of our first white settlers lived where the town of Robbinsville is now
located, and in the surrounding valleys. The settlements called Cheoah
Valley and Talulah Valley consisted mainly of a trading post, church, cemetery,
grist mills, post office, and farms located along the Cheoah and surrounding
valleys. The Post Office's name was changed to Fort Montgomery in
Chief Junaluska was granted 337 acres of land here in 1850 for his services
to the United States, and his children played with the children of our
early white settlers. In fact, the Chief and his family were friends
with, and visited with the family of Johnny and Elizabeth (Poll) Beck Hyde.
Johnny Hyde was said to have been one of the first three white men to settle
in the Cheoah Valley. It is said that when he moved here, over the
"Trail of Tears" road, it took six men to hold the wagon in the rugged
He said he was 53 years old in 1850, and owned 40 acres of land.
He had 14 head of cattle, four sheep, 35 hogs, 60 bushels of rye, 400 bushels
of corn, 200 lbs of potatoes, 100 lbs of butter, and 10 lbs of wool.
(1850 Agriculture Schedule.)
In 1860, his son Jason owned 20 acres, and another son William owned 30
Johnny Hyde first settled near the mouth of Long Creek and later moved
to the Fort Hill area. He lived on the road leading to the oldest
cemetery in this country where white settlers are known to be buried.
This graveyard, dating back to about 1840, is located just east of the
Old Mother Church Cemetery, down in a hollow, inside the Fort Hill Housing
Development. The 18 graves are marked only by rocks, with no names,
but a monument was erected a few years ago listing the names of the people
known to be buried there. Johnny Hyde's wife is one of them.
Johnny's son Jason, also lived near Fort Hill. Jason is said to have
donated some of the land for the Old Cemetery. He was a teacher,
and taught in the first church built in this county, which was also used
for a school. This building was erected by Johnny Hyde, his son Jason,
Mellie Wilson remembers her father showing her where the old spring was
located, that served the older church before the Old Mother Church was
Johnny Hyde moved to the old Rube Rogers' farm when he sold his land at
Robbinsville. He built a water mill there and that's how Hyde's Mill
Creek got its name.
His wife died of phlebitis after their daughter, Juletta, was born.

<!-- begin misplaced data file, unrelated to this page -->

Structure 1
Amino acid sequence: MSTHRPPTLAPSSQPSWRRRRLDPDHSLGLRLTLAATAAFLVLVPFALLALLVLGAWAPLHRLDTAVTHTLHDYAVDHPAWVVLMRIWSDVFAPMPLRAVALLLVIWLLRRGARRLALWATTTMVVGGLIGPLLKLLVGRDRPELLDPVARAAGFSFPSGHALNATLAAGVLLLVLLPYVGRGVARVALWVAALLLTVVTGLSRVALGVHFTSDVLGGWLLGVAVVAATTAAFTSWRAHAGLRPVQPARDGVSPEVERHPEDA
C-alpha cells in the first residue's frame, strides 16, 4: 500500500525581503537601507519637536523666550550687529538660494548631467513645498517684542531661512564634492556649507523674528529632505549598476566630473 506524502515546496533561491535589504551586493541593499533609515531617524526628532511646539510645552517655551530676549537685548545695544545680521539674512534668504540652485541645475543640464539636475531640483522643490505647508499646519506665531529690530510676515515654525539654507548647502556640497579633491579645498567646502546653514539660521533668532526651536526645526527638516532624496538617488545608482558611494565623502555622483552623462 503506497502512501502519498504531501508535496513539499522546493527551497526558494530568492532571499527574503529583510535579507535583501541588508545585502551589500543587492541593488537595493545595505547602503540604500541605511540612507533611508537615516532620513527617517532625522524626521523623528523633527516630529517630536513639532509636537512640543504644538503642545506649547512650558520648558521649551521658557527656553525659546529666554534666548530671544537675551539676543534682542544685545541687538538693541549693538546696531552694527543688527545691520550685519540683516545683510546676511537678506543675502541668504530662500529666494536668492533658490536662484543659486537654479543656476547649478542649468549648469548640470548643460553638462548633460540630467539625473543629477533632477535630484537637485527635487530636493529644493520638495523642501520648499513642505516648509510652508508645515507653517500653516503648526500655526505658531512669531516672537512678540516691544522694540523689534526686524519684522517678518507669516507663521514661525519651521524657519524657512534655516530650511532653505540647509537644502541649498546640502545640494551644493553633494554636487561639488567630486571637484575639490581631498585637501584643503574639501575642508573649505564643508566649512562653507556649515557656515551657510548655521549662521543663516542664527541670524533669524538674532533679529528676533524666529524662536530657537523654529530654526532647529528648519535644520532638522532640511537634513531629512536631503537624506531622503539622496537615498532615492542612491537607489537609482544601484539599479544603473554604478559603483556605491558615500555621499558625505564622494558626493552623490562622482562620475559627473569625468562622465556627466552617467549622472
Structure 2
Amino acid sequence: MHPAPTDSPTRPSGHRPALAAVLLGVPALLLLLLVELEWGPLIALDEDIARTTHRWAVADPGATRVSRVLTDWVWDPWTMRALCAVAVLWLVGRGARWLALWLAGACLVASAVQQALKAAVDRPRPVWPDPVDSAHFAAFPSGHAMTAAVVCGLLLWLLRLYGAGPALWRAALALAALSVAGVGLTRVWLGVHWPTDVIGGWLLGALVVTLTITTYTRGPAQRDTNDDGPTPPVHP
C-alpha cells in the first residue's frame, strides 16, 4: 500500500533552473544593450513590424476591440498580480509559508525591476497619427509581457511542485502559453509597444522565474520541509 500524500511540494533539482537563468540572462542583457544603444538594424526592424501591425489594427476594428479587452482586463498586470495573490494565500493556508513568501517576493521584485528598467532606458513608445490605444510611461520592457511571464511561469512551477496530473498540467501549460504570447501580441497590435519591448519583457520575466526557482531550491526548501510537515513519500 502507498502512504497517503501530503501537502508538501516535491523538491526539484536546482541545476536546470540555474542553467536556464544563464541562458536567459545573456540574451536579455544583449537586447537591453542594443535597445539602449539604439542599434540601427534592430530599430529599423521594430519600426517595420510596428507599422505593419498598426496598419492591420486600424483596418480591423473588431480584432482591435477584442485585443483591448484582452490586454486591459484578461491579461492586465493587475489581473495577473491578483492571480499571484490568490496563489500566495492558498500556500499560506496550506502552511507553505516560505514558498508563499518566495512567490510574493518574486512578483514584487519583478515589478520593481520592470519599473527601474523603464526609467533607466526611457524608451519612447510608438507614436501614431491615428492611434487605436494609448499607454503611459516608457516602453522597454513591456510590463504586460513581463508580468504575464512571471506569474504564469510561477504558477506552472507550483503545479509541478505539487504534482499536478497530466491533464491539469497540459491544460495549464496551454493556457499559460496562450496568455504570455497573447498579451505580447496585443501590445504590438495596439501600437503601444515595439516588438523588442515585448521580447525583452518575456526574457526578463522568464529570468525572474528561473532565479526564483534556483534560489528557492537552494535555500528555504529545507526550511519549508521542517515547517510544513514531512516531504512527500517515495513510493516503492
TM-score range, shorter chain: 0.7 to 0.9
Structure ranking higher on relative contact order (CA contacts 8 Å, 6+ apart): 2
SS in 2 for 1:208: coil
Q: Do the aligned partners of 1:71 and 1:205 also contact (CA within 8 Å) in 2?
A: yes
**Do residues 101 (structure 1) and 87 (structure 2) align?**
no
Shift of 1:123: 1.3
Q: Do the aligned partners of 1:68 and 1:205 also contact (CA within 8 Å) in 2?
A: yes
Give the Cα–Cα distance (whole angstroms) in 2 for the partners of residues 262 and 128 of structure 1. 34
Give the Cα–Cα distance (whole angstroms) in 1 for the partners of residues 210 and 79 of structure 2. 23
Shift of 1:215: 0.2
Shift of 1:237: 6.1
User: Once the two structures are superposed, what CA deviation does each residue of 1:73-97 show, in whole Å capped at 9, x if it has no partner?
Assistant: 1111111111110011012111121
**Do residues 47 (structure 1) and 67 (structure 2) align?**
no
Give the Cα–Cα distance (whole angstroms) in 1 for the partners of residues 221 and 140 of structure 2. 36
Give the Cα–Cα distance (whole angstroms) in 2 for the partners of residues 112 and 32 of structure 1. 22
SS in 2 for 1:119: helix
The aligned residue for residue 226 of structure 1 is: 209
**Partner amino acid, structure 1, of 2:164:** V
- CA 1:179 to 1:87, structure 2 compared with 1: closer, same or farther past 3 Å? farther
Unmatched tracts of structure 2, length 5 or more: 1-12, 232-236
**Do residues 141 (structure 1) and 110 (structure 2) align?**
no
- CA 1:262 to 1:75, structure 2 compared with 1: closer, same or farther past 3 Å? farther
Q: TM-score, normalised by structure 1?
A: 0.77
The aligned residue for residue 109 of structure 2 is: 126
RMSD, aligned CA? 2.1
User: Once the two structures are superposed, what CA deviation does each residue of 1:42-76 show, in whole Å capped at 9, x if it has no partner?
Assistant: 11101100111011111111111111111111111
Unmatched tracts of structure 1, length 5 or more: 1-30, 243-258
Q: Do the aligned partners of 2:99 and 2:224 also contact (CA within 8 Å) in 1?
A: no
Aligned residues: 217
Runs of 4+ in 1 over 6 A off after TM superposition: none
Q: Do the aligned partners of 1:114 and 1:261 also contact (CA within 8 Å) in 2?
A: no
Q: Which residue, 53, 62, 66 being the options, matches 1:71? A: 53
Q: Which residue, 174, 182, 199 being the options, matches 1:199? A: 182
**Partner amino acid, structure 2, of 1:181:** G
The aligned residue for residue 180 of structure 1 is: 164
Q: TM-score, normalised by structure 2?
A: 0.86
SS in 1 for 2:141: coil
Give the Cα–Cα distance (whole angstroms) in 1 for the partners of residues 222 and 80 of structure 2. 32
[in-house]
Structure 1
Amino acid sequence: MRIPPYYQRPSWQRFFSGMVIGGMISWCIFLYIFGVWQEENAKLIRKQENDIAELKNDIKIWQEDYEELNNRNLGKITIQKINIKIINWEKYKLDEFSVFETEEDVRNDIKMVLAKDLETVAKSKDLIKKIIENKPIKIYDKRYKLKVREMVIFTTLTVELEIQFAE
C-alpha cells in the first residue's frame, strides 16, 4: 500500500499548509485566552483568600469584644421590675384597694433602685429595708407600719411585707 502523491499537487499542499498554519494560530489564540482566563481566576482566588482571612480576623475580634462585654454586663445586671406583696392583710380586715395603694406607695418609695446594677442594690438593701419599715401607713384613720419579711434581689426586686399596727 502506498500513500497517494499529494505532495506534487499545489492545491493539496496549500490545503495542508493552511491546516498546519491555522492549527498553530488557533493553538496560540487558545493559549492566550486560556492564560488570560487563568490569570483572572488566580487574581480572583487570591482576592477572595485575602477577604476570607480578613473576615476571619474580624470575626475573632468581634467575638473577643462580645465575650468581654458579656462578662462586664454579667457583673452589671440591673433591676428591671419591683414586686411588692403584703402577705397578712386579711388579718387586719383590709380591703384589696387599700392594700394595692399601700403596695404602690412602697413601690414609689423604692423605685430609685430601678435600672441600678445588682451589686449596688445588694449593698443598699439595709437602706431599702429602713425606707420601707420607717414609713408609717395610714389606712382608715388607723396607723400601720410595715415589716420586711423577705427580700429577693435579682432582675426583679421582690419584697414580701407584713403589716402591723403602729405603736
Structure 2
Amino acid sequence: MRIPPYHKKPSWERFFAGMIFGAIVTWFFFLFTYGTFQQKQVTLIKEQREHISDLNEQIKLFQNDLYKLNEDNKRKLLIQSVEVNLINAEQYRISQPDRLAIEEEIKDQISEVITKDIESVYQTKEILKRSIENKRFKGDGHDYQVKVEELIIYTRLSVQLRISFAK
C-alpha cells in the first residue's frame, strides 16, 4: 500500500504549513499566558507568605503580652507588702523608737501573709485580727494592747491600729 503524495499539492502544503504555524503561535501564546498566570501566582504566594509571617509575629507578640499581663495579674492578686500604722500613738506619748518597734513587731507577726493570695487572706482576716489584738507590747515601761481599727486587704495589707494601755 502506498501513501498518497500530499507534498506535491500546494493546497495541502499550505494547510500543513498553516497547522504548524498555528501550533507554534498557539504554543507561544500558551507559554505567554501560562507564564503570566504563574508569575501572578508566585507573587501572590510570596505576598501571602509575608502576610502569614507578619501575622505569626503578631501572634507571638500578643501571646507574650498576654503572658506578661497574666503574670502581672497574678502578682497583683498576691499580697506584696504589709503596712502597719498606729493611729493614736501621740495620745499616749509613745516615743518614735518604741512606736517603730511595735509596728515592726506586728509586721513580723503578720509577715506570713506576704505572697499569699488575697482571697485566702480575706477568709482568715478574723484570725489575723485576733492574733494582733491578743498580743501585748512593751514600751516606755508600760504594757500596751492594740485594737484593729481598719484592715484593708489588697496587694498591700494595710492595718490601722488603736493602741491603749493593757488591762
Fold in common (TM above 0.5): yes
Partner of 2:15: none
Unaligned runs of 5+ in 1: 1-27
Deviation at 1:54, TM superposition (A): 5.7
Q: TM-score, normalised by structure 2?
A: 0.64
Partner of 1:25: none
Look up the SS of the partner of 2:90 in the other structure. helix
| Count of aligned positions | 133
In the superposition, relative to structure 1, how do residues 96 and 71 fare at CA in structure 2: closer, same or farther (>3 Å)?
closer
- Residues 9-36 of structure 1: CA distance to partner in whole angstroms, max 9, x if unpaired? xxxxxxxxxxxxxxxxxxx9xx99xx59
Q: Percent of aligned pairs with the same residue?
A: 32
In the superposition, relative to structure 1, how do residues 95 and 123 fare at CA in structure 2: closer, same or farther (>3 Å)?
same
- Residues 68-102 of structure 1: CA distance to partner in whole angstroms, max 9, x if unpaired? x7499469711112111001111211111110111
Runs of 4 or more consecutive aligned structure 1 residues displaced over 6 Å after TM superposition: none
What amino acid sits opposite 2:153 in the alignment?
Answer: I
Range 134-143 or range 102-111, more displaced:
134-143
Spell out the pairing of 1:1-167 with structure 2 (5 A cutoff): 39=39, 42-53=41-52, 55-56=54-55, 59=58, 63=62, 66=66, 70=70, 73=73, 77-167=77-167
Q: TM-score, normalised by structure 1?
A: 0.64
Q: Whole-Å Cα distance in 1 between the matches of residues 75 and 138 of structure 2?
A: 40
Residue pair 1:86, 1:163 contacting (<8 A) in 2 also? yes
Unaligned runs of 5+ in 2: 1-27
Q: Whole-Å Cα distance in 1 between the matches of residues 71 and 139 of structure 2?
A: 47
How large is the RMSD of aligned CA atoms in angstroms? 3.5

The ailment was called "milk leg" back then. She is buried in the
old cemetery on Fort Hill.
After Polly's death, Johnny remarried and moved to Bushnell in Swain County.
He was blind before he died at age 92.
Mellie told me the Hyde family history as follows: Four Hyde brothers
came on a boat from Liverpool, England. Their names were John, Benjamin,
William and Fidella (Albert). John settled in North Carolina, William
in Ohio, and Fidella in New York. Thelma Phillips says this John
was supposed to be the Graham County settler.
William and Fidella Hyde went back to England and accumulated great wealth.
They started back to the United States to take their families back to England
but drowned on the way. Mellie says that because the Hyde family
in America couldn't prove the number of their boat, they could not claim
One of the original Lord Proprietors was Edward Hyde, Earl of Claredon
(1609-1674). At this time the Carolinas extended as far as Florida
and the South Seas. His grandson Edward Hyde, was first cousin to
Queen Anne, then Queen of England. Edward Hyde became Governor of
N.C. May 9, 1712, but contracted Yellow Fever and died a few months later.
Tradition gives it that the name Edward has continued to be a favorite
of the Hydes to the present day. The Hydes who migrated to the mountains
of Western North Carolina are said to have descended from the family of
Mellie is the daughter of John Hyde and Josephine Davis Hyde. Her
grandfather, David E. Hyde, was a son of the old settler. David married
Margarette Crisp, sister of Joel L. Crisp.
John Brooks' wife, Frankie, and the McKeldreys are desc. from Johnny Hyde
I through his son John Aaron, Will Sherrill is the son of Amanda, another
dau. of John Aaron Hyde.
April 1982, Vol. III, #4, p. 82-50